Canada Proposes to List 43 More Species at Risk

OTTAWA, Ontario, Canada, May 16, 2005 (ENS) - Peary caribou live in small herds on Canada's arctic islands. Found nowhere else on Earth, their population has collapsed because they can no longer get through the snow to reach their favorite food - lichens. Global warming is blamed for thaws and icing cycles that trap the lichens under ice. The government of Canada today proposed listing the Peary caribou as endangered on the Species at Risk List.

The white beluga whales in the St. Lawrence Estuary are in decline. Habitat alteration by dams on rivers draining into the St. Lawrence River; finite food sources; noise disturbance from human activity, global warming and environmental contamination. St. Lawrence belugas have higher levels of lead and mercury in their blood than other arctic whales. Today, the Canadian government proposed listing the St. Lawrence belugas as threatened on the Species at Risk List.

Environment Minister Stéphane Dionand Fisheries Minister Geoff Regan today announced their recommendation to add 43 new terrestrial and aquatic species to the species listed under the Species at Risk Act (SARA).

More mammals are recommended for listing as species of special concern - the spotted bat, the Pacific Ocean population of harbor porpoises, the Stellar sea lion, the Eastern North Pacific population of grey whales, and the Dolphin and Union population of barren-ground caribou, also found on Canada's arctic islands.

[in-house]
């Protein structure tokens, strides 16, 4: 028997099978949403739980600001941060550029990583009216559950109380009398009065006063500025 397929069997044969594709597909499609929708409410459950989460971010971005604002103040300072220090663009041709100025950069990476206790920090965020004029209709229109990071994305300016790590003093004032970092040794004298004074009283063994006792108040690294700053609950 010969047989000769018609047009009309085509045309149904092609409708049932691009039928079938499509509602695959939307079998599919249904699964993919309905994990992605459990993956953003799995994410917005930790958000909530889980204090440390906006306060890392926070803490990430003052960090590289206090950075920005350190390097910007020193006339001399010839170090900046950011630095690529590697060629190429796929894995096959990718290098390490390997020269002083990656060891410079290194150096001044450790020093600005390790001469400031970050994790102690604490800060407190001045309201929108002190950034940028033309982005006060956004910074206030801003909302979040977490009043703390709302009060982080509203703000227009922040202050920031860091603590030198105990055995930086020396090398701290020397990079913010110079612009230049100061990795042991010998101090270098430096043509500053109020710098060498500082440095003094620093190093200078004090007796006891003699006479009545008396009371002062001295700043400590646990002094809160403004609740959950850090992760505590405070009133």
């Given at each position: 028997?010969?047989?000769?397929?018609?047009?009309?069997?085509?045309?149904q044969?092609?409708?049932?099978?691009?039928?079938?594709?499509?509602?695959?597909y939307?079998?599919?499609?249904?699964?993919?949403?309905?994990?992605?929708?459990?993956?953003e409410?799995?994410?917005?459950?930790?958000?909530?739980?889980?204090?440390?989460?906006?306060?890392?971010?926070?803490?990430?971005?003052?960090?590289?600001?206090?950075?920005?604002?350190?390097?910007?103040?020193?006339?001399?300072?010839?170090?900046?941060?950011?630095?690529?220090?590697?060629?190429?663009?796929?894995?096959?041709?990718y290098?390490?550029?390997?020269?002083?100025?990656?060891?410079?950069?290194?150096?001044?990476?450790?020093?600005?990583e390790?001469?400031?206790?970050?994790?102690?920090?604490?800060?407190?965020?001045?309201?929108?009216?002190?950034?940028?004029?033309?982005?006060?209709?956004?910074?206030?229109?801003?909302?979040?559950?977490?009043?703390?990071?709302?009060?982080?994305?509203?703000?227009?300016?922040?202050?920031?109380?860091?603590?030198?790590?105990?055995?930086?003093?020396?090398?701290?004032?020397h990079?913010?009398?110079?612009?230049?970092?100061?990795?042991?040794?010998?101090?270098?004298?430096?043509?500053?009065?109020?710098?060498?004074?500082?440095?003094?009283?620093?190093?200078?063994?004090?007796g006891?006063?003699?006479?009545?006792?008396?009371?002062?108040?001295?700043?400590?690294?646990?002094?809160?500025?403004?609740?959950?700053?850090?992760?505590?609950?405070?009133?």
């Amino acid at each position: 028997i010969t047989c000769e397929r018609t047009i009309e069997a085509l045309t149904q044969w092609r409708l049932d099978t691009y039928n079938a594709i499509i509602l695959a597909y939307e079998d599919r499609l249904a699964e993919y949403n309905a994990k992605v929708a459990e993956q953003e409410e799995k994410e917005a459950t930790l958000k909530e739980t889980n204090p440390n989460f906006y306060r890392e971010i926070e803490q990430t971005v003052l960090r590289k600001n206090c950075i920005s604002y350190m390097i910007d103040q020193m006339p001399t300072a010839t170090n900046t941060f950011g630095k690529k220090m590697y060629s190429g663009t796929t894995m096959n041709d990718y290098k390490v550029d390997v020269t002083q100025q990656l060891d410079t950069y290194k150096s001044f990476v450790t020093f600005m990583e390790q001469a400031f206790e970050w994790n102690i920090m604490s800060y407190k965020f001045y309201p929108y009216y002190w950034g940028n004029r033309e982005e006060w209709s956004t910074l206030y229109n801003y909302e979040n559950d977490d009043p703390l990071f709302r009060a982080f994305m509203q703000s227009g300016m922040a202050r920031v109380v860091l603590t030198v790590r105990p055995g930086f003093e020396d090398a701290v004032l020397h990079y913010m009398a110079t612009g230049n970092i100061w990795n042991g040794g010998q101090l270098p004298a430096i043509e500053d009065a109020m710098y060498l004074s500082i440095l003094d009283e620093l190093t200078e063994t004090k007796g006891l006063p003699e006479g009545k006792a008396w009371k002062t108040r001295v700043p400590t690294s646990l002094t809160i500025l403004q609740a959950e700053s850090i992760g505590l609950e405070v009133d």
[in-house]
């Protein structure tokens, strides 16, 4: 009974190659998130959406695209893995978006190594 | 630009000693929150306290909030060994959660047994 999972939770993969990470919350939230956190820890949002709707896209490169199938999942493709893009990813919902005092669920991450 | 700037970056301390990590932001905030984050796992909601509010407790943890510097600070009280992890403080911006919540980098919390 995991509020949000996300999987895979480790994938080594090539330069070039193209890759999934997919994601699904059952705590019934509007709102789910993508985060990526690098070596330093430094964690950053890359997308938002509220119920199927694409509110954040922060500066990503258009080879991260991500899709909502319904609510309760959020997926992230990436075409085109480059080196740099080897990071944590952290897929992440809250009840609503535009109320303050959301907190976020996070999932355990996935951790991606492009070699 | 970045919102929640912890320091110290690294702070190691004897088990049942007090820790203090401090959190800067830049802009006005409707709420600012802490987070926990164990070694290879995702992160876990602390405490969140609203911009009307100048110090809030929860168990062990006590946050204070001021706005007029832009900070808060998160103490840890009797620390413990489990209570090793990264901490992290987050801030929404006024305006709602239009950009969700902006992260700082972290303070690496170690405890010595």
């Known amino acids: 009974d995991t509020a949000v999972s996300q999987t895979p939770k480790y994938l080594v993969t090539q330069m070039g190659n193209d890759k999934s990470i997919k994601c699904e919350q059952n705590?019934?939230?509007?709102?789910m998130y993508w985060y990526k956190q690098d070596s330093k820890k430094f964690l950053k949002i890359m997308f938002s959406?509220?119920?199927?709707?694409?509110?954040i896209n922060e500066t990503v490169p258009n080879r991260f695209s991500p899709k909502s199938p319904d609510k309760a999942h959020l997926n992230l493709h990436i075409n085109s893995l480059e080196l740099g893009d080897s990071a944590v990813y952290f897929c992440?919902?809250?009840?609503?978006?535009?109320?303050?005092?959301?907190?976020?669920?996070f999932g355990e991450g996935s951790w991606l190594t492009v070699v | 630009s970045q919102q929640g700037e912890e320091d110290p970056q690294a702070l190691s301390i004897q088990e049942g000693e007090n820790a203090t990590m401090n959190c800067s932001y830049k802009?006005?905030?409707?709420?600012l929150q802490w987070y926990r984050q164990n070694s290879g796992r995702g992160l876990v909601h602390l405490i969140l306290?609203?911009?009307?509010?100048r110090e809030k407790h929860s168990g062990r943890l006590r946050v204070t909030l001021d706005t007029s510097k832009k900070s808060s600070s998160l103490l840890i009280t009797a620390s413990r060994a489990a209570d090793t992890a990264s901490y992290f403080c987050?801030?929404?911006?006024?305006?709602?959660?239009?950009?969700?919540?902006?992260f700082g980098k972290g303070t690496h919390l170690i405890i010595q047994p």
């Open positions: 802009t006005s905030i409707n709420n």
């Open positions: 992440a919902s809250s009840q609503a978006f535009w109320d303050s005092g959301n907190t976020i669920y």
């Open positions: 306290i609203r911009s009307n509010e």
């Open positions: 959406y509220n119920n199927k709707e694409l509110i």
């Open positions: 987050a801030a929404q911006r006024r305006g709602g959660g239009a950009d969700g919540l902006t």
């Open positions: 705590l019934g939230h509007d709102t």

Smaller and lighter than barren-ground caribou, Peary caribou of Canada's arctic islands are victims of global warming. Conservationists warn that Canadian caribou of all species are at risk. (Photo courtesy Canada Science and Technology Museum)
“The government of Canada is committed to conserving Canada’s wildlife and biodiversity,” said Dion. “Protecting our natural heritage will help lead to a healthier environment. A healthier environment translates into healthier citizens and benefits our long-term economic well-being.”

The new species recommendations for SARA are based on scientific assessments by the Committee on the Status of Endangered Wildlife in Canada (COSEWIC) and on consultations with governments, landowners, conservationists, Aboriginal peoples, stakeholders and the Canadian public.

Dion said is he is not recommending that the Plains bison be listed as a species at at this time because of the inability to genetically distinguish wild and domestic Plains bison and the potential economic implications for the Canadian bison industry.

“The decision to propose that the Plains bison not be added to SARA was taken after serious consideration and the evaluation of information received from COSEWIC, consultations with the affected provincial governments, the bison industry and others,” Dion said.

“However, Canada will continue to be a leader in the recovery and conservation of the Plains bison," said Dion. "For instance, Elk Island National Park has recently shipped 50 Plains bison to Old Man on His Back Heritage and Conservation Area in southern Saskatchewan."

"In addition, after a century of absence, Plains bison will be re-introduced to Grassland National Park this fall to help conserve this species and to restore the natural biodiversity in this ecosystem,” he said.

In the meantime, the government of Canada is working with provincial governments, the bison industry and other stakeholders to develop an approach for the recovery of wild Plains bison. Going forward, further consultations will be undertaken and a number of issues will be addressed in advance of the possible listing of the Plains bison.